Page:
Bring hot water bathing to your homestead with these tips for purchased or homemade water heaters.
Like "Mom and apple pie," "the Saturday night bath" is a catch phrase that comes straight out of America's rural past. Until only recently most of our parents and grandparents — like their ancestors before them — went through the weekly ritual of hauling a battered tin tub down from its peg on the back porch for that "once-a-week whether-you-need-it-or-not" hot water bath.
This event was accompanied by much sloshing of water in galvanized buckets, steaming of kettles and pots on the wood range and oozing of soapsuds all over the kitchen floor, and often Junior wound up with the lukewarm and none-too-clean liquid that was left after all the higher-ups in the family pecking order had done their thing. It's little wonder that America took to the gas- or electric-fired domestic water heater like, well, like ducks to water.
Now, of course, we take that convenience for granted. In fact, today's new homesteader is likely to find that if there's one single thing he really misses about "civilization," it's a hot shower at the end of the day. It might be argued with justice that the American preoccupation with cleanliness is schizophrenic, since — as a people — we seem to be more concerned with clean restrooms than clean air. Even so, when you've been pouring cement, haying or weeding the garden the better part of a July afternoon, it's pure bliss to greet the sunset with a hot bath or shower.
But Reddy Kilowatt, like it or not, is a very messy fellow. The dirt washed down the drain by the bath water from an electric heater probably doesn't equal the amount of dirt spewed into the air in order to produce that heat. And every cubic inch of gas burned in the only other commonly available water heater is one cubic inch of gas the world will never use again. In any case, many homesteaders live so far from both gas and electric lines that their choice boils down to either  going the Saturday night bath route or  going dirty.
Still — as we've found on our place — there are other solutions. For almost three years we hassled with the tin tub and, while the ritual at first seemed a mildly adventurous experience out of an earlier and less hectic era, it soon became very old stuff indeed. (This was particularly so during the winter, when baths were confined to that portion of the living room floor immediately in front of the Ashley heater.) We soon found ourselves taking advantage of our infrequent trips to town by bathing at the homes of friends, until they began to wonder whether we came to visit them or to steam up their bathrooms. Finally we decided that a rural organic life didn't have to include feeling grubby most of the time, and the fabrication of a bathhouse became our top priority project.
Construction materials for our new luxury were no problem. We live on the edge of a national forest where, every year, crews with chain saws thin out the smaller trees so that the remaining timber can grow to a marketable size. These thinnings are left where they fall to eventually rot back into the forest floor. They're free for the taking, and, if gathered while still green, make fine log-cabin-type buildings. An axe, a chain saw and a copy of Bradford Angier's book How To Build Your Home In the Woods were all I needed to put up a 10' x 12' bathhouse.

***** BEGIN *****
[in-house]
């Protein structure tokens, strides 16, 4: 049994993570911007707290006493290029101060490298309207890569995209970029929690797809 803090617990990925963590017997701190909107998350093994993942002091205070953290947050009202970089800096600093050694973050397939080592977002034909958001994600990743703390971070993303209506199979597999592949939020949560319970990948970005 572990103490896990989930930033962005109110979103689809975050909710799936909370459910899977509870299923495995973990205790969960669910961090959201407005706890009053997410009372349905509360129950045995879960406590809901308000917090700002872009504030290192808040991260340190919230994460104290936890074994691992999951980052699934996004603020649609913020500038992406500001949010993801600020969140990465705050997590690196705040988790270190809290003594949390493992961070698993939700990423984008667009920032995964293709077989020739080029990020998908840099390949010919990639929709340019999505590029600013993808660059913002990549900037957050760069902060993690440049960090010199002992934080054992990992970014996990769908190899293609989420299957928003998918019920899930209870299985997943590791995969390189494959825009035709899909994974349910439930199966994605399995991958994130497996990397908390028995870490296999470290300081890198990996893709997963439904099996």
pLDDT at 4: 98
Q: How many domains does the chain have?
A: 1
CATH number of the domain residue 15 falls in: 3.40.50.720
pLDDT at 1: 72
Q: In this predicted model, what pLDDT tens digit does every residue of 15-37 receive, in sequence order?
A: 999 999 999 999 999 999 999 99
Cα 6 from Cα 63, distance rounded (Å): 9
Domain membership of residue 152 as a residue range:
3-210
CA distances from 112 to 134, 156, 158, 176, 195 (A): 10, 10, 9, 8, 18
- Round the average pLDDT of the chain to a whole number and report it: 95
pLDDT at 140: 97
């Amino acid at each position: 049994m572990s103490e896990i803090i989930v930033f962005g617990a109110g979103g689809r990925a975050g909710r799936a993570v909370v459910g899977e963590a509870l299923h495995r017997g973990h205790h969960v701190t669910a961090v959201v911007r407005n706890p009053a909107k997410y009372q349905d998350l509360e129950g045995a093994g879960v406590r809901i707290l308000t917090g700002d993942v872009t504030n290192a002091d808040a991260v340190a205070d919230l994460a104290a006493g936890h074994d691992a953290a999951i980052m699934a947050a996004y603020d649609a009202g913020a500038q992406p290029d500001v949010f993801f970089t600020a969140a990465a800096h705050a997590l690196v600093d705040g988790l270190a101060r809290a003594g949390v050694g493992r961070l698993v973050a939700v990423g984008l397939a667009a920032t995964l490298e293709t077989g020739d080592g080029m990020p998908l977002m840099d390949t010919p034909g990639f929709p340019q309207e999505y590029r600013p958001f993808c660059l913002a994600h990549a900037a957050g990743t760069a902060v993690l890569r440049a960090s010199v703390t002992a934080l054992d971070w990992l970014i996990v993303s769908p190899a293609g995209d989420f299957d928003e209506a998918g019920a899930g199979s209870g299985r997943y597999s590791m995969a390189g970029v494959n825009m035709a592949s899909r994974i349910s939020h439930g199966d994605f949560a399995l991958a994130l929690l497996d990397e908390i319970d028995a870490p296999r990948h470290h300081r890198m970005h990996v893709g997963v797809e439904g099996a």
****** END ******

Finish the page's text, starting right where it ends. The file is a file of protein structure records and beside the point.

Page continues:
Flagstones for the building's floor were gathered in a nearby quarry, and a friend who was remodeling his old house donated a 1940-vintage bathtub to the cause. All we lacked was the water heater. Since (for all the obvious reasons) gas or electric devices were out of the question, our choice was between a solar collector or a wood-burning unit. Back then, in the summer of 1972, I didn't know enough about the former method to feel very confident of the results, and felt that a wood-burner looked like the most practical solution.
At that point I thought back many years to when I'd lived in Mexico for a short time and my rented house had contained a commercially made wood-burning water heater. Was that unit a rare old relic of Mexico's past, I wondered, or was the same thing still available? I passed on my question to a friend who was making a brief trip south of the border, and, sure enough, within a few weeks he drove up with an honest-to-gosh, wood-fired hot water heater lashed to the top of his VW microbus.
On a subsequent trip to Mexico, I found that such devices are for sale in just about every hardware store for the equivalent of around $20.00. My own model is a Calentador Corona, Modelo L.R. 47 made by Calentadores Corona. We find it an excellent product: Four or five small sticks of wood in its firebox will heat 30 gallons of water to near boiling in fifteen minutes.
At present the water supply for our Corona is a 55-gallon drum mounted on the roof of our root cellar (to which the bathhouse is attached). The stored liquid flows down to the heater through plastic pipe, which is available in most hardware and building supply stores, and ridiculously simple to assemble. When we eventually get our wind pump and tank erected, however, water will be piped directly to the bathhouse, eliminating the need for the overhead tank. (How soon we're corrupted by soft living! Already we find it an odious task to haul water and fill the barrel.)
Not everyone is fortunate enough to live within 400 miles of the Mexican border, of course, so a water heater like ours may be difficult for some homesteaders to procure. Still, that doesn't mean you're doomed to the old tin tub.
Many years ago (I'm not certain when they stopped being manufactured) laundry stoves were standard items in American homes, and some of these old-timers are still around. Such a gadget has a water jacket, which surrounds the firebox, and is fitted with a cold-water inlet at the bottom of the casing and a hot-water outlet at the top. It works very simply: As the water is heated inside the jacket, it moves upward by convection through the hot-water outlet to a holding tank. Cold liquid from the bottom of the tank then replaces the warmed contents of the jacket. This process continues until the whole tankful is hot.
We have one of these laundry stoves on our back porch, and use it for heating dishwater. It does take about an hour for the unit to do a thorough job on the contents of our 20-gallon holding tank, though. Obviously, the Mexican water heater is much more efficient and we plan to replace the laundry stove on our next trip south of the border.